Market values

On two visits to Zaccaro's Market last month, I ran into two friends who live, as I do, within three or four miles of the store. One started hallucinating from the sensory overload — or was it the cognitive dissonance? — and left, seeking a pizza. The other stocked up on baked goods and more.

These are the reactions to Zaccaro's, open since April 10: amazed disbelief that a high-end grocery exists in midtown, and delight that those who want bottled tapenades or Dalmatia orange fig spread no longer have to trek to the suburbs.

To be fair, many of the types of foods that Zaccaro's stocks have long been available in the city, at Avalon Bakery, R. Hirt Jr. and other Eastern Market locations. But owner Cindy Warner, who owns another Zaccaro's in Charlevoix, is combining her 56 imported cheeses and 12 brands of olive oil with café tables and a sit-down espresso bar, an in-house bakery and, not least important, prepared meals and green packaging.

It was the latter that won me over. I was buying samples of the prepared foods, and therefore taking home lots of what looked like plastic. It's all corn-based and biodegradable, though, from Michigan Green Safe Products in Detroit, Although "compostable" is stamped on the bottom, that see-through sure looks strange in my compost heap.

What made Warner think that Zaccaro's would work in Detroit, a city awash in foreclosures? She says a survey done by the city last year looked at services available and disposable income fleeing to the suburbs, and found specialty foods "a real gaping hole for developers." Despite our shrinking population overall, Warner says there is a "good base of professional people making good incomes who are not at a loss for work and who are looking for healthy food alternatives."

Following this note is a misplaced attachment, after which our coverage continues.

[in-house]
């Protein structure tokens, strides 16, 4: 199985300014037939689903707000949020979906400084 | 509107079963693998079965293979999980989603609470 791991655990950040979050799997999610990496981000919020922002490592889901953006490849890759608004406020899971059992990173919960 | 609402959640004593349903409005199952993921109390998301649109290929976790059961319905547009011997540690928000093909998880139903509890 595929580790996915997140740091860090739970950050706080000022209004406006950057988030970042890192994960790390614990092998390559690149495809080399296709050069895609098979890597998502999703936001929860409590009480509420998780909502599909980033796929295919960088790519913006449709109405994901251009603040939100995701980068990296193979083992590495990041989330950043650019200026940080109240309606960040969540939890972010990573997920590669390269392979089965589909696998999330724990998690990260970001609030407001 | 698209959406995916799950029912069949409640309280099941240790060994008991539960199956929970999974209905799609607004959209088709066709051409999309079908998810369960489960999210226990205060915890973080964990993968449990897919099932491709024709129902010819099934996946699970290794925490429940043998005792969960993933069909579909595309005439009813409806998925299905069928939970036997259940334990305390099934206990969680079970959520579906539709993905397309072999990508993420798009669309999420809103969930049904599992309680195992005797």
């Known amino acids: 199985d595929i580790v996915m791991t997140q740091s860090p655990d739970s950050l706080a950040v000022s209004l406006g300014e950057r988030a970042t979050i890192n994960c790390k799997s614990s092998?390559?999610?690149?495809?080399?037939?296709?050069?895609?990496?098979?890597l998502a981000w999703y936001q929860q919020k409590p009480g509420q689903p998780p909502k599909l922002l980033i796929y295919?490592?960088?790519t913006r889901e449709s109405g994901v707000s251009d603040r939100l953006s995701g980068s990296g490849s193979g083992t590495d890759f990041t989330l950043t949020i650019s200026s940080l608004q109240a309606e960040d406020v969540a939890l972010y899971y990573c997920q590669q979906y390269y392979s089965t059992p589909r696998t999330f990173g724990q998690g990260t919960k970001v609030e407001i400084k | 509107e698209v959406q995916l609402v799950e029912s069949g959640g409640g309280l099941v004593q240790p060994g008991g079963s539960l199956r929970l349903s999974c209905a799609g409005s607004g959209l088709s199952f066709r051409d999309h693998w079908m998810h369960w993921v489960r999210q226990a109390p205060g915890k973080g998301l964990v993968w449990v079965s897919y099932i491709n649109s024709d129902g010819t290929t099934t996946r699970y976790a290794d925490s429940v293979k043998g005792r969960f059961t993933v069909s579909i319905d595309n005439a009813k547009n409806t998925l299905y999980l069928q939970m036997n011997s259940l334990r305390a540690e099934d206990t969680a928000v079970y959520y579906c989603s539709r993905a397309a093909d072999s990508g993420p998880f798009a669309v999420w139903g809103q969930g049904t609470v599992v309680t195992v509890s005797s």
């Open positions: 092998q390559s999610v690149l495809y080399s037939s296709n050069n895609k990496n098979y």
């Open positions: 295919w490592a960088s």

Not everything at Zaccaro's is healthy. What bakery fits that description? The market is a mix of the green (toilet paper to toothpaste), the healthy (gluten-free brownie mix, for example) and, mostly, the gourmet. Prices are in accord.

The range of goods is large enough that you could do your weekly shopping there, if saving money isn't a prime concern. (Do figure in the cost of gas, though. And there's free parking on the street.) Thus far, the average shopper is dropping about $35.

Stocks include everything from grains, nuts and flour through canned tomatoes to pet food. Baby arugula and turnip greens, nine kinds of sea salt and a dozen olive oils, teas, juices, ice cream (Alinosi's is one), deli meats including Serrano and coppa (Italian dry cured pork), exotica such as Sable & Rosenfeld's Tipsy Onions, all sorts of dried beans and fruits (blueberries $15.95 a pound), an olive bar where you can mix half a dozen varieties for $7.99 a pound, a frozen roast half duck — this list just scratches the surface. As you wander the airy layout, which is more islands than aisles, you'll continually come upon something your taste buds cry out for.